Aussie Stocks AMP Limited (AMP)

Aussie Stocks – AMP Limited  (AMP)

AMP Limited (AMP) is a leading wealth management company with more than 3.4 million customers across Australia and New Zealand. Aussie stock AMP is a popular blue chip stock and is one of the major movers on the ASX.

It is Australia’s largest retail and corporate superannuation provider, and one of the region’s most significant investment managers.

AMP offers a wide range of financial products and services, including: retirement savings and income; investments; superannuation; financial planning; insurance; and banking.

After bouncing back in 2009 after a disastrous 2008, AMP has encountered further challenges in 2010 on fears of a global economic slowdown.

The group released its 2009 results earlier this year, which failed to move market sentiment.

Today, AMP released its 1H10 results. The group’s closely-watched underlying earnings result was below market expectations, being impacted by higher insurance claims and a decline in profit from AMP’s mature business.

All of AMP’s divisions showed weakness in 1H10, except for its New Zealand division, and the group is forecasting continued investment market difficulty in 2H10.

Credit Crunch Cloud

Towards the end of 2007, AMP encountered problems, care of the high volatility flooding the Australian equity market.

AMP went into damage control in late 2007 and 2008 as its stock slumped, taking careful steps to maintain its “A”-range credit rating.

The company soldiered through the credit crunch by bypassing acquisitions in order to reduce debt and pay out capital returns to shareholders.

AMP looked ready to turn it all around last year, in line with the growth displayed by most companies (including finance companies) on hopes of a global economic rebound.

Renewed Investment Jitters

Coming into 2010, AMP’s stock became sluggish on renewed fears of a global economic downturn.

In February, AMP released its results for 2009, failing to move market sentiment much either way.

Net profit rose to $739 million from $580 million in the prior year, whilst underlying profit was down 5% at $772 million.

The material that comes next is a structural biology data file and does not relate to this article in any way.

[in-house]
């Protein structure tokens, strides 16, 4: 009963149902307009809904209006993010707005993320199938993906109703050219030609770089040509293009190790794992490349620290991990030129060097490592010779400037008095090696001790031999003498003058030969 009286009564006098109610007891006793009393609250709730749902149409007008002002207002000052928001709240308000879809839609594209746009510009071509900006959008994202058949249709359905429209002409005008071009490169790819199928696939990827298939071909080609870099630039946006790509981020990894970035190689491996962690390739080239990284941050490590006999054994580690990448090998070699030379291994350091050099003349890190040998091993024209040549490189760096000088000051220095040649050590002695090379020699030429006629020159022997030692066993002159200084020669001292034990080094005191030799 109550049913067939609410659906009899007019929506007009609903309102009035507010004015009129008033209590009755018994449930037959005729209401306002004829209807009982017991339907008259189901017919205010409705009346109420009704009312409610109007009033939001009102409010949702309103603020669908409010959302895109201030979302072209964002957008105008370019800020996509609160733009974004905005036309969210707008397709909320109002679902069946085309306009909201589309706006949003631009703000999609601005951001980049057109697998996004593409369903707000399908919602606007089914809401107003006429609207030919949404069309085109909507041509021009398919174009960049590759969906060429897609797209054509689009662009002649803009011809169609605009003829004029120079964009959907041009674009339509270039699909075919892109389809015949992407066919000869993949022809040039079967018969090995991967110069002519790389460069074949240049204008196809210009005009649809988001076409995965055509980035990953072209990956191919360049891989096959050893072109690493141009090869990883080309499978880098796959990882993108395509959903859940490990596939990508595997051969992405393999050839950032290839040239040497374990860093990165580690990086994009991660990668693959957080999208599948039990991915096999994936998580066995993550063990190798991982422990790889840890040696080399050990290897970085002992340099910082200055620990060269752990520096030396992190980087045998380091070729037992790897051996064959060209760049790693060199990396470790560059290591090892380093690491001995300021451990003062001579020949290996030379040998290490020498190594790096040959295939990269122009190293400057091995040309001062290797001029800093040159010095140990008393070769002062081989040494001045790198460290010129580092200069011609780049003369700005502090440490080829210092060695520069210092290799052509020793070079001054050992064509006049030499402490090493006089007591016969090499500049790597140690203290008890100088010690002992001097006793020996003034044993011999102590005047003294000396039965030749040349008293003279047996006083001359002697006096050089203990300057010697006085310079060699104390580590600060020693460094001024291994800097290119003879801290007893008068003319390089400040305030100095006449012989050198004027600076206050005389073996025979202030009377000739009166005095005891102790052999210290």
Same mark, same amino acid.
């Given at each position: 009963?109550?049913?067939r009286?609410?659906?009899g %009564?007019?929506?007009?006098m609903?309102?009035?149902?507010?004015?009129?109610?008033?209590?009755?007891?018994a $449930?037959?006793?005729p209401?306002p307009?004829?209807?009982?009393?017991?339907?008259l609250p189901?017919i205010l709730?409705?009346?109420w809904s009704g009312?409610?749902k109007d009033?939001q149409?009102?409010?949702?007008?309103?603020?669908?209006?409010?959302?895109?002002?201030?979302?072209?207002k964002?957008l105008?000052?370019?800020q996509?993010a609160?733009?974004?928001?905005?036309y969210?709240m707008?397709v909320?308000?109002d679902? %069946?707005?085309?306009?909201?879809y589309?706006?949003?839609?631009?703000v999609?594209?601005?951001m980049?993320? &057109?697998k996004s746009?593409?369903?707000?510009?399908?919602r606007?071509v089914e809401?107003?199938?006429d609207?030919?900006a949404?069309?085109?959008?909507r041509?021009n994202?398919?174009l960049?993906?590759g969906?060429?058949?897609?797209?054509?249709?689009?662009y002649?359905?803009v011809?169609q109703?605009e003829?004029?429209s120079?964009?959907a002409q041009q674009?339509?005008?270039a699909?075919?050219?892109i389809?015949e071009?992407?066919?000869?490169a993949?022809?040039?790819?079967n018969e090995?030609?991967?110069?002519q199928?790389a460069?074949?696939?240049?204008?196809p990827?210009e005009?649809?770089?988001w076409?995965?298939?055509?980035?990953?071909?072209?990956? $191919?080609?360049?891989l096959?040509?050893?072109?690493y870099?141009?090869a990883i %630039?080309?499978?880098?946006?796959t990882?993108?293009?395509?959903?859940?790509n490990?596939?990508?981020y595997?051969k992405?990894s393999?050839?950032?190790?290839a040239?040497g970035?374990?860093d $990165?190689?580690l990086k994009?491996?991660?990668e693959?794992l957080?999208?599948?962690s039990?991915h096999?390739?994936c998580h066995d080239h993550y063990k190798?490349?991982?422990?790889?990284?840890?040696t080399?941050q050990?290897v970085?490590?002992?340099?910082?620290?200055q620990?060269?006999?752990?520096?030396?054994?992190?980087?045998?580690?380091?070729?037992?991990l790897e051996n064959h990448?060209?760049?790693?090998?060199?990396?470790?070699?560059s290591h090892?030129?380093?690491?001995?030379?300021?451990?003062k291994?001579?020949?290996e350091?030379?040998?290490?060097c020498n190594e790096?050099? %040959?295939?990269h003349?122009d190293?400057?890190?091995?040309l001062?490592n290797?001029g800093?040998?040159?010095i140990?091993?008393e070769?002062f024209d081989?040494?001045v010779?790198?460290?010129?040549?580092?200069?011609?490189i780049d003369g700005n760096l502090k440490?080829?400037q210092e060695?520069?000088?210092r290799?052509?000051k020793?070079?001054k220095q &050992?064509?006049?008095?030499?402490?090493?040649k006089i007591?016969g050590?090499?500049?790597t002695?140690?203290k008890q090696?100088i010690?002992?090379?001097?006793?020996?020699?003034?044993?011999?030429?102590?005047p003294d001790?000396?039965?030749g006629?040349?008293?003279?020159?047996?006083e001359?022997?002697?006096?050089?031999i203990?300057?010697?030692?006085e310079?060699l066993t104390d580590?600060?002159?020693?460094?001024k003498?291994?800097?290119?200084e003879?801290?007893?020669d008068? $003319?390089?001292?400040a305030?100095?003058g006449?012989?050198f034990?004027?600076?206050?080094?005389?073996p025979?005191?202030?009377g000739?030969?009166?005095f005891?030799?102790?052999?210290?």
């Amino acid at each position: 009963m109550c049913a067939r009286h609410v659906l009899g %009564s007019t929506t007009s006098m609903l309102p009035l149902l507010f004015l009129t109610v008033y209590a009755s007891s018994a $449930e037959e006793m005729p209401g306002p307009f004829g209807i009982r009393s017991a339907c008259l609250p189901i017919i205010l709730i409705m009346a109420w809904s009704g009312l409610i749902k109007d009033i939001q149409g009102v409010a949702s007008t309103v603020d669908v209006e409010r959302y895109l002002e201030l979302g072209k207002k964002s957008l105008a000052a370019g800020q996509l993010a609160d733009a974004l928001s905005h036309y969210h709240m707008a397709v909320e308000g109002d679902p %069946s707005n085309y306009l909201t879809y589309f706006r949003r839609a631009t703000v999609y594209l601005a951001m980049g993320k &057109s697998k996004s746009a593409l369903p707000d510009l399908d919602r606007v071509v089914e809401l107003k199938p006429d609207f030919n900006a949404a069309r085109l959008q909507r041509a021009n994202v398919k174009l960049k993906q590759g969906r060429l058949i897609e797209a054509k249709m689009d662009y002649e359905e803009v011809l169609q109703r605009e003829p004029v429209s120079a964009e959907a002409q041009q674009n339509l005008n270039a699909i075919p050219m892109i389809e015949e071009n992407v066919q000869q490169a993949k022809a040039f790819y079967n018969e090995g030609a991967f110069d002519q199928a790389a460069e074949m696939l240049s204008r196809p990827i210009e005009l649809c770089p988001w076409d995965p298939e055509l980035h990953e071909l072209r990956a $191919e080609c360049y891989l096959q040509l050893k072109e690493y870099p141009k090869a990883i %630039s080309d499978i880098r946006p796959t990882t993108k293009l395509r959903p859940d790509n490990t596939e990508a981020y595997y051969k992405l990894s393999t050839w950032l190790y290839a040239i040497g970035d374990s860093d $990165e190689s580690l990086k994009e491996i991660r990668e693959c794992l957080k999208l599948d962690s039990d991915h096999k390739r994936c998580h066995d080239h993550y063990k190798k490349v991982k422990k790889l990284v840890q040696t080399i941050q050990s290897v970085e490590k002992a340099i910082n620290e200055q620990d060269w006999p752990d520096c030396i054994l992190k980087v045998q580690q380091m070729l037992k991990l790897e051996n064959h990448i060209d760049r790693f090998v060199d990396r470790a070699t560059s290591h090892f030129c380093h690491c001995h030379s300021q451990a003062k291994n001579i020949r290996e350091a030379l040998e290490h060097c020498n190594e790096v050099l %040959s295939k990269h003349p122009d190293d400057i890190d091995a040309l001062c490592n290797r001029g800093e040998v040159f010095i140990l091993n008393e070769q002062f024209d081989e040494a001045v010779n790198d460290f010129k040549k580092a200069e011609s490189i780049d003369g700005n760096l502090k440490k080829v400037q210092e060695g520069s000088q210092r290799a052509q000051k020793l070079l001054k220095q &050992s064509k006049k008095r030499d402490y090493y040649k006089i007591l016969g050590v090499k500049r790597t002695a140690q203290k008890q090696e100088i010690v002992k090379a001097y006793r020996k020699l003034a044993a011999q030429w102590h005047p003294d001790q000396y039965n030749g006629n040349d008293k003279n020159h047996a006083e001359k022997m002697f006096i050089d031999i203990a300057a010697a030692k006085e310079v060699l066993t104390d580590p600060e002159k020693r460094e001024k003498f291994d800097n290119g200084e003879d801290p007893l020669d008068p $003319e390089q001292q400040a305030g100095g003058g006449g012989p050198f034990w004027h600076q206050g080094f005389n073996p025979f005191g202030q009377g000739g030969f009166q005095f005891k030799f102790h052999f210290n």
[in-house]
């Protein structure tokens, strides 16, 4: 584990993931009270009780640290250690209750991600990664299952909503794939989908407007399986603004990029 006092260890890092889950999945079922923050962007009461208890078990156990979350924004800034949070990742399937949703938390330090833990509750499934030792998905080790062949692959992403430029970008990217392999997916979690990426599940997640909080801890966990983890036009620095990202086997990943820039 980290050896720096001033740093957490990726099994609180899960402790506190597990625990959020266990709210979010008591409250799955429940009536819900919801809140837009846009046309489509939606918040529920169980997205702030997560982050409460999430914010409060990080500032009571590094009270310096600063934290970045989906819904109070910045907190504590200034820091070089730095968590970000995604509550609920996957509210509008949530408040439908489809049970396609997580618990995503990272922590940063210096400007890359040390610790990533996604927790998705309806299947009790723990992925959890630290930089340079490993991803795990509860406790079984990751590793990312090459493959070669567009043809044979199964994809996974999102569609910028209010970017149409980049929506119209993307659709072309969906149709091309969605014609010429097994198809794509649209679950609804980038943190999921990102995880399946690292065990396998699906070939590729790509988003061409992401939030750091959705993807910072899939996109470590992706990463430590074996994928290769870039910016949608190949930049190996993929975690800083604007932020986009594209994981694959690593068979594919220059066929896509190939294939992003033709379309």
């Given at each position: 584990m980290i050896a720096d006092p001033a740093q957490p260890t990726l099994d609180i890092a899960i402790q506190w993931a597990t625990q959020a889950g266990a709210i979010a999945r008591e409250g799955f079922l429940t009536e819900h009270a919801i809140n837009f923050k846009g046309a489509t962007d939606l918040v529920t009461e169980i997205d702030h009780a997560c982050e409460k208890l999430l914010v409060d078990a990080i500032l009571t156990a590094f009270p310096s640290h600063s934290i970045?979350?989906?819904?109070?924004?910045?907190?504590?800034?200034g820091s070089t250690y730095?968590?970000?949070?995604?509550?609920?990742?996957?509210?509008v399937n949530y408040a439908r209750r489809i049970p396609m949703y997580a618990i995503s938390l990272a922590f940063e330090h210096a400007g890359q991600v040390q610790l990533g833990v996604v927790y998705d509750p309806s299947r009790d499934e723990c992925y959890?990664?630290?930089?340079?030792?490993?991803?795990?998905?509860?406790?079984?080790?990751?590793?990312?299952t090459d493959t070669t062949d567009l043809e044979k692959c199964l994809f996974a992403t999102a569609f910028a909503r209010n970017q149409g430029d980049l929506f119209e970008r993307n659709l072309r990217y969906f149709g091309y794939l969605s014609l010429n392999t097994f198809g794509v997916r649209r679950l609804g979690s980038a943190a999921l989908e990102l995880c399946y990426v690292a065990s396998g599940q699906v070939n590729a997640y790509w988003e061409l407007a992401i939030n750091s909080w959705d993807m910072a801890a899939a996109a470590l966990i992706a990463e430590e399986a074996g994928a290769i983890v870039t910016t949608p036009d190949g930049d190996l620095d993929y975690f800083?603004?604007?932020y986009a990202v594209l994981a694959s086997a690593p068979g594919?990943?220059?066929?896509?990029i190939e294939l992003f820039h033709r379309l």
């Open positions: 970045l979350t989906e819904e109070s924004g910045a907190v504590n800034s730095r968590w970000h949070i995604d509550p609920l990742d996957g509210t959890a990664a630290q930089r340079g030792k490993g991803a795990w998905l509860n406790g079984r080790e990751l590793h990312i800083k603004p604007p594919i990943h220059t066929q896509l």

Revenue from ordinary activities came in at $10.92 billion, swinging from a loss of $10.97 billion the prior year on the back of net investment losses.

AMP kept its dividend steady at 16 cents per share, contributing to a result that both AMP and a major broker noted was roughly in-line with forecasts.

AXA Deal Dragging

Market focus on AMP has for a long time revolved around its bid for AXA Asia Pacific Holdings, which has also been a takeover target for other suitors.

In May, AMP said there is a long way to go in its proposed purchase of AXA. The company admitted to still needing final approval from Treasurer Wayne Swan, though the ACCC has not blocked AMP’s bid.

AMP is looking to AXA APH’s independent directors and minority shareholders for proposal support after the ACCC blocked National Australia Bank’s (NAB) counter-bid for AXA.

With today’s 1H10 results release, AMP failed to release any encouraging news on the proposed takeover.

The group noted that AXA still remains strategically attractive, though the market is of the opinion that NAB will eventually win AXA.

Underlying Earnings Aches

AMP today disappointed the market by reporting 1H10 results which fell short of expectations.

Net profit for the half rose 17.4% to $425 million on growth initiatives, and ahead of analysts’ forecasts for around $383.4 million.

Of more concern was AMP’s underlying profit result of $383 million. Though this was up from $367 million in the same half a year ago, it was below market expectations for around $420 million.

AMP declared a half dividend of 15 cents per share, compared to a dividend of 14 cents a year ago.

A deeper look into AMP’s results highlighted several challenges. All of AMP’s divisions showed weakness for 1H10, except for its New Zealand business.

Also evident was the impact of a government crackdown on fees in the domestic pension fund industry. As one of Australia’s largest pension fund managers, AMP has had to respond to the crackdown by rolling out new products.

However, the potential benefits of these new products will not likely be seen in the near-term.

AMP said that investment markets are likely to remain challenging in 2H10 and added it was too soon to give guidance for the full year.

The one upside was cost guidance. AMP expects costs in the Australian Financial Services division to rise just 3% in 2010, down from a prior forecast for 4%-5% higher costs.


Like many global equities – and not just those pertaining to the finance sector – AMP has seen its fair share of trials coming into 2010.

Renewed fears of a global economic slowdown has dragged on AMP, which is also battling a government crackdown on fees in the domestic pension fund industry.

AMP’s 1H10 results failed to impress investors today. The underlying earnings result was below analysts’ expectations. It is evident that AMP has suffered a difficult half on higher insurance claims and a decline in profit from its mature business.

All of AMP’s divisions showed weakness in 1H10, except for its New Zealand division.

Unfortunately, going ahead AMP expects to see further challenges. The company anticipates investment markets to remain troubling in 2H10, and for this reason AMP has declined to give specific full year outlook guidance.

AMP share price has suffered over the course of one year falling from as high as $6.97 to as low as $5.09 in yesterday’s session. However, if a break through below $5.00 key support is confirmed then further weakness may result.

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